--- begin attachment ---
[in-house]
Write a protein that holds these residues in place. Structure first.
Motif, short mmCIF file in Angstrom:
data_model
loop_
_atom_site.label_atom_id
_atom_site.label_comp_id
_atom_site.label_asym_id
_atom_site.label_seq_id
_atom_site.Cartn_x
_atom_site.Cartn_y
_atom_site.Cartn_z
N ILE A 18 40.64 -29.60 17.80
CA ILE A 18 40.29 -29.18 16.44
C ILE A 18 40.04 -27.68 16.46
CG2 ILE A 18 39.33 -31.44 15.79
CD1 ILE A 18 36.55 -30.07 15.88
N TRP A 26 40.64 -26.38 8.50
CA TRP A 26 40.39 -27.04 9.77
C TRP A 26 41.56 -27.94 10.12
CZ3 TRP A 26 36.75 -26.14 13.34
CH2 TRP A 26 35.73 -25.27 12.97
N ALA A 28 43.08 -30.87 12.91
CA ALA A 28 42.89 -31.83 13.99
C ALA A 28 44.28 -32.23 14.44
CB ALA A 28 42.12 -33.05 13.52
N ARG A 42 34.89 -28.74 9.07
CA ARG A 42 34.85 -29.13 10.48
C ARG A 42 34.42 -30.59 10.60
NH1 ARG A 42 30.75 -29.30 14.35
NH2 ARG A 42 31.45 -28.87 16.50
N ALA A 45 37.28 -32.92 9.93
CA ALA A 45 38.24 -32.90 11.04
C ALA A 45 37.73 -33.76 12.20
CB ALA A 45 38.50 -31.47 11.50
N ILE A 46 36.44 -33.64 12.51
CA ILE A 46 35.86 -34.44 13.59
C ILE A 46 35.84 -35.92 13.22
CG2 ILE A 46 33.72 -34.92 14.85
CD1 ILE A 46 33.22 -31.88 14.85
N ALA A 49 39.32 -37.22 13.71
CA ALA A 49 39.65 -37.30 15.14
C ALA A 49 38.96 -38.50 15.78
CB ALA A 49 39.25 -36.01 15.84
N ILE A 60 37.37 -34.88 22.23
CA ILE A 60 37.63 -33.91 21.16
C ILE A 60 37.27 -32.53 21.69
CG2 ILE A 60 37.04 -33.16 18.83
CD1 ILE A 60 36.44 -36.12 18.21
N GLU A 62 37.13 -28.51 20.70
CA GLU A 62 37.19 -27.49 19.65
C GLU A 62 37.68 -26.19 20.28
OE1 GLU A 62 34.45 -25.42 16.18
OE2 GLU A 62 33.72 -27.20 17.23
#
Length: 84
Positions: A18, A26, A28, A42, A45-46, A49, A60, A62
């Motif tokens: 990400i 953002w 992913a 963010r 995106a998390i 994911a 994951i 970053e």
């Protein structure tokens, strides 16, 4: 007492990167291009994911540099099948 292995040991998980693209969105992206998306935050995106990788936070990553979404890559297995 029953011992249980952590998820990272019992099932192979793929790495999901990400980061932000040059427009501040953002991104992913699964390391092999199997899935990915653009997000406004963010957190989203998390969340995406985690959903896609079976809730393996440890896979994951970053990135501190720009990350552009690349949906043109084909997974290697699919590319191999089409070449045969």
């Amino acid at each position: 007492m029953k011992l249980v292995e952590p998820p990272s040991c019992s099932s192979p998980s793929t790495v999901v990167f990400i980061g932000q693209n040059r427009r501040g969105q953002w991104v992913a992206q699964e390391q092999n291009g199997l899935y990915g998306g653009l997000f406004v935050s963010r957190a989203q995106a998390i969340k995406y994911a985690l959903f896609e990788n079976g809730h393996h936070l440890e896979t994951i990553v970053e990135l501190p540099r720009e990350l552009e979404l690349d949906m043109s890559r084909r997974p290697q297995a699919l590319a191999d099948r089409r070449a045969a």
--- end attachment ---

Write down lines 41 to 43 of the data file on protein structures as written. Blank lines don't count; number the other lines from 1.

N ALA A 49 39.32 -37.22 13.71
CA ALA A 49 39.65 -37.30 15.14
C ALA A 49 38.96 -38.50 15.78